From Joanna Horowitz, Communications Department
I'm from a town in Eastern Washington where gale force winds that can practically keep you upright if you fall face forward into them are the norm. No matter, yesterday's wind storm was terrifying. Standing in the lobby of the theatre watching the lights strung up around the Seattle Center whip around the fountain, I was sure we would lose power and have to have the first of a two night engagement with NPR contributer Kevin Kling in the dark. It was scary and, ok, a little exciting too.
But despite some ominous flickering, the power stayed on and the brave 500 or so patrons who came out were well entertained. I was curious what would have happened had the lights gone out, and I learned we have a back up system that brings up the house lights and the work lights on stage. For a minute or so the theatre would have gone completely dark, though, and our lovely house manager Rachel would have run down with a flashlight to pacify the crowd (or, as she told me jokingly, scream frantically, "DON'T PANIC!") When the back ups came on Kevin could have continued if he wanted to, even though the lighting isn't the prettiest ambiance to perform in.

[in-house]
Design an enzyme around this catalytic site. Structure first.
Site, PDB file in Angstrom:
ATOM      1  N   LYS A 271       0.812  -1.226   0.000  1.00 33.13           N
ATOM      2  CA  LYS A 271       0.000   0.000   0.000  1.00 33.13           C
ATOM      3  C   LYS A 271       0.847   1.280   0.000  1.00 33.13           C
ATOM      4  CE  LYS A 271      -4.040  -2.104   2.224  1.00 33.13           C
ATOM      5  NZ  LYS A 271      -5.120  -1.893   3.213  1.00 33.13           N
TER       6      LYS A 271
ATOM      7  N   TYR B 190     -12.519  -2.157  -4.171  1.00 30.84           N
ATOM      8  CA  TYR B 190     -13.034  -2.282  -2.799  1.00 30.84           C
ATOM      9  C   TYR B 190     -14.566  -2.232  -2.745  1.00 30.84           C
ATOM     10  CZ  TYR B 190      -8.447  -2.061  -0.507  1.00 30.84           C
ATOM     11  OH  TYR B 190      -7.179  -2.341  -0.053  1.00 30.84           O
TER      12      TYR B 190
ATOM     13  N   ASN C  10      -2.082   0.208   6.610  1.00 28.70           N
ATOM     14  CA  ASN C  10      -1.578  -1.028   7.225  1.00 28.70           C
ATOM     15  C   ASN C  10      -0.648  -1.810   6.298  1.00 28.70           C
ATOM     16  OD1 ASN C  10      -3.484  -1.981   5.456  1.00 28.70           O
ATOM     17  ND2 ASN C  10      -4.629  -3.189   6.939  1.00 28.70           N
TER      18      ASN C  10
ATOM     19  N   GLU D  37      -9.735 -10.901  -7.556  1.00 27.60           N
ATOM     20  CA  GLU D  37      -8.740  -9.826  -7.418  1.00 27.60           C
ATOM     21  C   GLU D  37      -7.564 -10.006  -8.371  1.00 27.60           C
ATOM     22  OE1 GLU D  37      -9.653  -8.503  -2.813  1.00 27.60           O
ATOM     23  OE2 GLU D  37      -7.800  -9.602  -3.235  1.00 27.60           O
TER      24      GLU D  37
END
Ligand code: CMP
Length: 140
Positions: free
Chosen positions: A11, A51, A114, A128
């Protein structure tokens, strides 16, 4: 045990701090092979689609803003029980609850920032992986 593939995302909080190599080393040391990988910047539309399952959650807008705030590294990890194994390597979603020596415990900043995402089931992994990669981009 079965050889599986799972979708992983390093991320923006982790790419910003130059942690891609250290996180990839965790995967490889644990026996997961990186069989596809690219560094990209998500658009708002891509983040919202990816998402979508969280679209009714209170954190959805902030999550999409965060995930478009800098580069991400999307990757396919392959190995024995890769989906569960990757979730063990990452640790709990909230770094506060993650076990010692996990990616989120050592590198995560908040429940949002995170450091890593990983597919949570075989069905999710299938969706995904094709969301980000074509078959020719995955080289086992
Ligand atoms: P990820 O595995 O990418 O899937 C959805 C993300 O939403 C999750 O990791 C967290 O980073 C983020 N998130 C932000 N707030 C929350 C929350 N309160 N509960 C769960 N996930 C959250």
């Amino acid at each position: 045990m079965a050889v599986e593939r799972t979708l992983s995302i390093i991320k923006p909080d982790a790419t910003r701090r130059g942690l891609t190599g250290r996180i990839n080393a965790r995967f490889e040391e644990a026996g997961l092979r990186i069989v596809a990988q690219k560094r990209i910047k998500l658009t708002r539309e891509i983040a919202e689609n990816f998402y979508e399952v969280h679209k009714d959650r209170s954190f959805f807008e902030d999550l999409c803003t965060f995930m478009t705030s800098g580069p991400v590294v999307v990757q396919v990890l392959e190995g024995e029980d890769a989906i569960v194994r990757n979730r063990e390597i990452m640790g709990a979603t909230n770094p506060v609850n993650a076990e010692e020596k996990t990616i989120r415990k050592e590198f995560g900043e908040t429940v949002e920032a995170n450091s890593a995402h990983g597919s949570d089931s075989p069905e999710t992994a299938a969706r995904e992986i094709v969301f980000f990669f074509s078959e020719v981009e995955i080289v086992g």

I hear there was a power outage at least once before in Rep history, during a performance of 1998's Play On. Once the work lights came on, the cast and crew decided to, well, play on. There's a feeling you get, in the audience and also as a company member, when a show continues despite some kind of adversity. It's an affirmation that theater really just needs people and a story; continuing on despite illness, weather, etc., really impresses the importance of telling these stories. It's why we who work in theater do what we do: to make sure we can continue to share something important with our fellow humans. It makes me think about that scene in the movie version of Cradle Will Rock where the cast of the play is barred from the theater and prohibited from performing, but they all stand up in the audience and start singing anyway. It makes me cry every time, which, if you know me, is kind of a feat.
Anyway, this post started out as a simple "Whoa, crazy wind storm" blog and ended up with me waxing poetic about the power of live theater. Must be all the electric currents buzzing the air.